Regulatory efficiency: Ten steps to get off the regulatory treadmill A short guideline

The regulatory treadmill of the banking industry

European banks have been affected by complex and comprehensive regulations in recent years. The number of regulatory initiatives has increased tremendously, reaching a total of 368 initiatives in 2016. Consequently, banks spend an average of 70% of total annual project budgets for the implementation of new regulatory initiatives (see Figure 1).

To cope with this regulatory flood, banks focused on fulfilling regulatory requirements alone while exclusively considering compliance aspects. Implementing all regulatory initiatives one after another blew budgets and started the regulatory treadmill cycle.

Regulatory development—Source: zeb.researchFigure 1: Regulatory development—Source: zeb.research

According to a zeb survey with domestic systemically important banks (D-SIBs) from the DACH region, only 7% of banks have implemented the idea of regulatory efficiency (see Figure 2).

Figure 2: Aims of regulatory management

Since other industries have adopted regulations as a natural part of their business, banks should start to view regulatory compliance as a core part of their business model and rethink the approach for the next years to find an efficient regulatory response.

To get off the regulatory treadmill, banks have to find answers for three key questions:

  • Do the right things: How do I stay on top of the flood of regulations?
  • Do things right: How do I make sure that regulatory changes are implemented efficiently?
  • Support doing the right things right: How can the organization and governance be optimized?

Ten steps to increase regulatory efficiency

zeb believes that increasing regulatory efficiency can reduce the overall costs for regulation by approximately 20% in the short term and optimize the potential by up to 40% in the long term. Given these numbers, regulatory efficiency can turn into a potential competitive advantage.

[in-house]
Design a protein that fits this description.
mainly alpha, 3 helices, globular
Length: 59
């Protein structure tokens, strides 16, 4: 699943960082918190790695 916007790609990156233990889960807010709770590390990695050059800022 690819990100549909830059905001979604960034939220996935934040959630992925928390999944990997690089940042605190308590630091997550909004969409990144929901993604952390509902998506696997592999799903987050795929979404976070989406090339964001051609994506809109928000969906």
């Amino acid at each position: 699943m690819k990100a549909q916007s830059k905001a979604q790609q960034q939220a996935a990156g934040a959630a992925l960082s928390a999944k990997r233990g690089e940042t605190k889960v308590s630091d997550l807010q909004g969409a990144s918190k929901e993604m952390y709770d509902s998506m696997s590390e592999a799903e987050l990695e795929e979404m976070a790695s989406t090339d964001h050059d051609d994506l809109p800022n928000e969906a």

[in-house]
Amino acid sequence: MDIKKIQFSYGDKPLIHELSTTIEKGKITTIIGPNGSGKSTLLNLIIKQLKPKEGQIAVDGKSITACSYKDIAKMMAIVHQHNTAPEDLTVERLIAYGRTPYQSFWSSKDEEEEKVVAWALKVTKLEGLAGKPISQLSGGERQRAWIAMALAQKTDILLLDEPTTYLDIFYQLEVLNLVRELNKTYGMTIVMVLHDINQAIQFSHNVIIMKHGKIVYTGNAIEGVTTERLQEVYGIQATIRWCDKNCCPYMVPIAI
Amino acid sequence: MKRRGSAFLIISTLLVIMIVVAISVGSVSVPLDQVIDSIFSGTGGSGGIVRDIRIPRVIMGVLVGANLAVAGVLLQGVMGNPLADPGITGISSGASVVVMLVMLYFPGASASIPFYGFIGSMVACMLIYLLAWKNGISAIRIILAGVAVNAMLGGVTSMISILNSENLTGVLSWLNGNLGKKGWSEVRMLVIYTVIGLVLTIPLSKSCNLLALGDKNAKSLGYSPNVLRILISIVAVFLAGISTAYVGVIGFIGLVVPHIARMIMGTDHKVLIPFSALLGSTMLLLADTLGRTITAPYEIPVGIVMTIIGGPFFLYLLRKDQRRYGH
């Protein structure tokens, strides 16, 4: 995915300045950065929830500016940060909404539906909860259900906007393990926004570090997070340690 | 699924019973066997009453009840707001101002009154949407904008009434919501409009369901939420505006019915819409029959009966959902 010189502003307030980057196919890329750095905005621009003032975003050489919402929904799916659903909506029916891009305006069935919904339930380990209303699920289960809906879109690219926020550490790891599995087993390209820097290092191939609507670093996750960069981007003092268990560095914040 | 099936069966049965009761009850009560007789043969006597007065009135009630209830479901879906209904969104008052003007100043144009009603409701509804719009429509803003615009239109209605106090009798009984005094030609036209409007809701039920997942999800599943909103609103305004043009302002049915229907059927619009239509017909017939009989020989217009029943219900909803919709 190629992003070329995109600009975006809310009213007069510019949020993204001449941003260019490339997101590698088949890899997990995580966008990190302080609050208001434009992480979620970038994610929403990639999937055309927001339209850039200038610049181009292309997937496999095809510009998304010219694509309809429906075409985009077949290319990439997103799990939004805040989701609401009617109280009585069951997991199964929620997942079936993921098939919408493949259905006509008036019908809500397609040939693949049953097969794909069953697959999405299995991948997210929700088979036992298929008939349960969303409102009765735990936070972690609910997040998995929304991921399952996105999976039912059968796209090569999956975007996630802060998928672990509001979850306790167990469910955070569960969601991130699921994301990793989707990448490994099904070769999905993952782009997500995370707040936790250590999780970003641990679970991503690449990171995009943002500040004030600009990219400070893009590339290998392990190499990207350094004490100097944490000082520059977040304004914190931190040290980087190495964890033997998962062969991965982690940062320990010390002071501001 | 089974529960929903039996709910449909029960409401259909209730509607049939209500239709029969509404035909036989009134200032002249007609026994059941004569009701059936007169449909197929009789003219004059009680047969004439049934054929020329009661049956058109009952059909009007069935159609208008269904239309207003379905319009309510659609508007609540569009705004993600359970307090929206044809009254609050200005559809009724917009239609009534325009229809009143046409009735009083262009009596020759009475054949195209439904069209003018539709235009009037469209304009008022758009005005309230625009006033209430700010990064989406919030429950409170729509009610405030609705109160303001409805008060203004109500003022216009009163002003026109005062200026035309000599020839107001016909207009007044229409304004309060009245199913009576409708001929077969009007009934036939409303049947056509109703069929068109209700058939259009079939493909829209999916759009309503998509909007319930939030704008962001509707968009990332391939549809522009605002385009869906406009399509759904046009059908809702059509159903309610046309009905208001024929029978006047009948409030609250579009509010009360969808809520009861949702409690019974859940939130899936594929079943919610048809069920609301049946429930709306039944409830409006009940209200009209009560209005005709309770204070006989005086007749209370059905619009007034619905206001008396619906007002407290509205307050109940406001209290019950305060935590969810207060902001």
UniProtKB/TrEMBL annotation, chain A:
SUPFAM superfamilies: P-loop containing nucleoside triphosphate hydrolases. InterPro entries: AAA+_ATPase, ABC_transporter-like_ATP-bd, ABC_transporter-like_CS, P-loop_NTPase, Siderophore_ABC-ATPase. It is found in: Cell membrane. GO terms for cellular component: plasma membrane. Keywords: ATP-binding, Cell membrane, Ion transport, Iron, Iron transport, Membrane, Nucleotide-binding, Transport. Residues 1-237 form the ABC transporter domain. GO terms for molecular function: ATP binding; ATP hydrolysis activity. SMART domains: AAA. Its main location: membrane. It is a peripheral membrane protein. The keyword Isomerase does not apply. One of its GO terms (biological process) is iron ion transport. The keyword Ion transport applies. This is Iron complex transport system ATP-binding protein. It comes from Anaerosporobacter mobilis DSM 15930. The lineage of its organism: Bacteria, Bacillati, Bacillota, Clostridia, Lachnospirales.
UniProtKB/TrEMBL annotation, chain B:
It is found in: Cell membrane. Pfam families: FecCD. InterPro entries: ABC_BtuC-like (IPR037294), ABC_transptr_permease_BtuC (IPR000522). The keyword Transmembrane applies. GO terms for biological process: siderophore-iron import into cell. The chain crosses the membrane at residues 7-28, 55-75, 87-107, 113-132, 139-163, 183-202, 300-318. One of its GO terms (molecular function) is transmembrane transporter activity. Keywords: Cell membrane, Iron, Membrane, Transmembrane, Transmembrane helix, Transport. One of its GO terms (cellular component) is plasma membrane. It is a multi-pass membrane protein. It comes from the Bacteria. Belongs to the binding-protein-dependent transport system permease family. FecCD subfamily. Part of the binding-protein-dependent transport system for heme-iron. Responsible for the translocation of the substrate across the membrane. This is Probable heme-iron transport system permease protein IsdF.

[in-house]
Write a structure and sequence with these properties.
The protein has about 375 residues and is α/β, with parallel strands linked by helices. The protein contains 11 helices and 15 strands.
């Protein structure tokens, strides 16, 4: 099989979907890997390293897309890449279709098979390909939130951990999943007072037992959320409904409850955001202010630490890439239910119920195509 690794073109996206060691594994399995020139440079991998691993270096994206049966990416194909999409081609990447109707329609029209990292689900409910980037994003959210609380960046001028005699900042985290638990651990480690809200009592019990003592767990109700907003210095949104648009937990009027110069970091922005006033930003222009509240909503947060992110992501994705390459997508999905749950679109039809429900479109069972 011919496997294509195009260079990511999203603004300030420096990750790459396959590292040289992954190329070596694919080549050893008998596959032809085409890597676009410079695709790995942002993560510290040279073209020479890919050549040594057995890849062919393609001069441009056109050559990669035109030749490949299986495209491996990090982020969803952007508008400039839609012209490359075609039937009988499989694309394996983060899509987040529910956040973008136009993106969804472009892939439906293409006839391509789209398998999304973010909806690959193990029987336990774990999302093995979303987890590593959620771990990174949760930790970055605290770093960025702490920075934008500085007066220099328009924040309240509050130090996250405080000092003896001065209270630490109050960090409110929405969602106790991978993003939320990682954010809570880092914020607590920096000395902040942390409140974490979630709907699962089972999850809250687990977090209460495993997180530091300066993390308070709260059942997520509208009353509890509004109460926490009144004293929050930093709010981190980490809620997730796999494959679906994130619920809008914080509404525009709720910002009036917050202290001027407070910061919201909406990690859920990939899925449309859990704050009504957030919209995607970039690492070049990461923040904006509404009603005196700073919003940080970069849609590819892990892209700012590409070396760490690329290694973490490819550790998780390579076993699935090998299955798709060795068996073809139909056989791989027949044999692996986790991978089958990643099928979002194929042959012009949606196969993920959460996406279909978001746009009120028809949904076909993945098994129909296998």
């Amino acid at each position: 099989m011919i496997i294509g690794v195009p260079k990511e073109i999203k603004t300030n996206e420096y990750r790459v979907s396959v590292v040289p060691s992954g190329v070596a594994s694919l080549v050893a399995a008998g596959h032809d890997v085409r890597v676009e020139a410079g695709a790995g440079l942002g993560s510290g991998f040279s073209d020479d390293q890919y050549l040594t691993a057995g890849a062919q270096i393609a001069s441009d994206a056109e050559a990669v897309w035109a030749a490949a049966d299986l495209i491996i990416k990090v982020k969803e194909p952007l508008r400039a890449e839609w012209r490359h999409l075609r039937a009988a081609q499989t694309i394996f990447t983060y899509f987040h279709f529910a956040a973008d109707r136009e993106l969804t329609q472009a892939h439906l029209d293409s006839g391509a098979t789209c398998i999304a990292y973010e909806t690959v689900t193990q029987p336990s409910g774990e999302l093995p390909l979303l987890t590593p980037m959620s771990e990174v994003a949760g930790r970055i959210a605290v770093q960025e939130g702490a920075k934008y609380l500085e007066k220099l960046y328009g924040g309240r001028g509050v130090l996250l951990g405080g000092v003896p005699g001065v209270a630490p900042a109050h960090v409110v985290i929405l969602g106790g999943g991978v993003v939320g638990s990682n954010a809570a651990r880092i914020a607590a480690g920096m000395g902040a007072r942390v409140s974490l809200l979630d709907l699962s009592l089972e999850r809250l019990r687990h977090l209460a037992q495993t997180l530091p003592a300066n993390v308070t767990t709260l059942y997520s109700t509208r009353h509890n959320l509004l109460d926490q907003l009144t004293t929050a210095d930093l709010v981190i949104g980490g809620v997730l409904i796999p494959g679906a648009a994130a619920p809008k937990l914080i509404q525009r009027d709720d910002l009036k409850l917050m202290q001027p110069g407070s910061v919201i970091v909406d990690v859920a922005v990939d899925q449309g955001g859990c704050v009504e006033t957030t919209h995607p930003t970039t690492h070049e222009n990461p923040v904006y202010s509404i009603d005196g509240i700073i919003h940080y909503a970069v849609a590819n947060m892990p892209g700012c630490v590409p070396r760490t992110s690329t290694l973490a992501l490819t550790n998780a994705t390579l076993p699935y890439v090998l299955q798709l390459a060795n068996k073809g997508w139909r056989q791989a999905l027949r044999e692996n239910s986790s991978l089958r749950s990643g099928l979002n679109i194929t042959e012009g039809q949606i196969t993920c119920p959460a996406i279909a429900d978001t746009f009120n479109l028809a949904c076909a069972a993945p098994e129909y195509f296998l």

The following ten steps provide a guideline on how to increase regulatory efficiency.

Improve regulatory analytics

Step 1: Achieve true top management buy-in:

Regulatory efficiency should not only be part of the CFO / CRO agenda, where most of operations are being done, but must also be understood and strongly communicated across the whole bank by the CEO and other board members. To achieve true management buy-in, regulatory impacts on the business, operating and finance & risk models of the bank must be holistically transparent. Best market practice in this field shows that management buy-in is substantially higher in banks where this responsibility is assigned to the CEO area.

Step 2: Centralize monitoring as far as possible:

As an essential part of regulatory management, the flood of regulations has to be monitored and prioritized in an efficient way. To achieve a holistic view of regulatory change and to improve the timing of CtB activities, a monitoring system needs to be installed that compiles all changes coming from different supervisory and legislative bodies. The most advanced banks have set up a monitoring system lead by a centralized regulatory office intended to support the entire organization (including business as well as compliance and legal departments) in developing a holistic regulatory roadmap. As a starting point for efficient monitoring, the screening of upcoming regulations could rely on comprehensive regulatory content from external providers. For this purpose, zeb has developed a tool helping banks with monitoring and summarizing upcoming initiatives to remain on top of regulations (see Figure 3 for zeb regulatory hub).

Figure 3: zeb.regulatory monitoring framework

Step 3: Think in different regulatory scenarios:

Regulatory impact analyses typically suffer from three weaknesses: they are performed on a stand alone basis, they are based on a single scenario and they assume “business as usual”. Best performing banks overcome these weaknesses by analyzing different regulatory scenarios, understanding the dependencies across the regulatory landscape and the impact on the organization. There are two key success factors in this direction: a professional simulation tool is needed which goes beyond an Excel-based solution and a clear process has to be defined to involve the right skills at the right time.

Challenge regulatory change

Step 4: Identify synergies in the projects:

When setting-up regulatory projects, their peculiarities must be taken into account. Regulatory projects are usually characterized by a fixed timeline set by the regulator, require a specific set of skills and knowledge and impact several business units. Given these specialties, banks often struggle in setting up adequate project/program management structures; especially the identification of synergies between different initiatives seems to be hard to achieve. With regards to synergies, the best performing banks follow a three-step approach: first, they analyze the impact of every single initiative on time, people, IT infrastructure and business requirements, second, they identify overlaps and synergy potentials in the overall project portfolio and third, they evaluate different options to realize these synergies.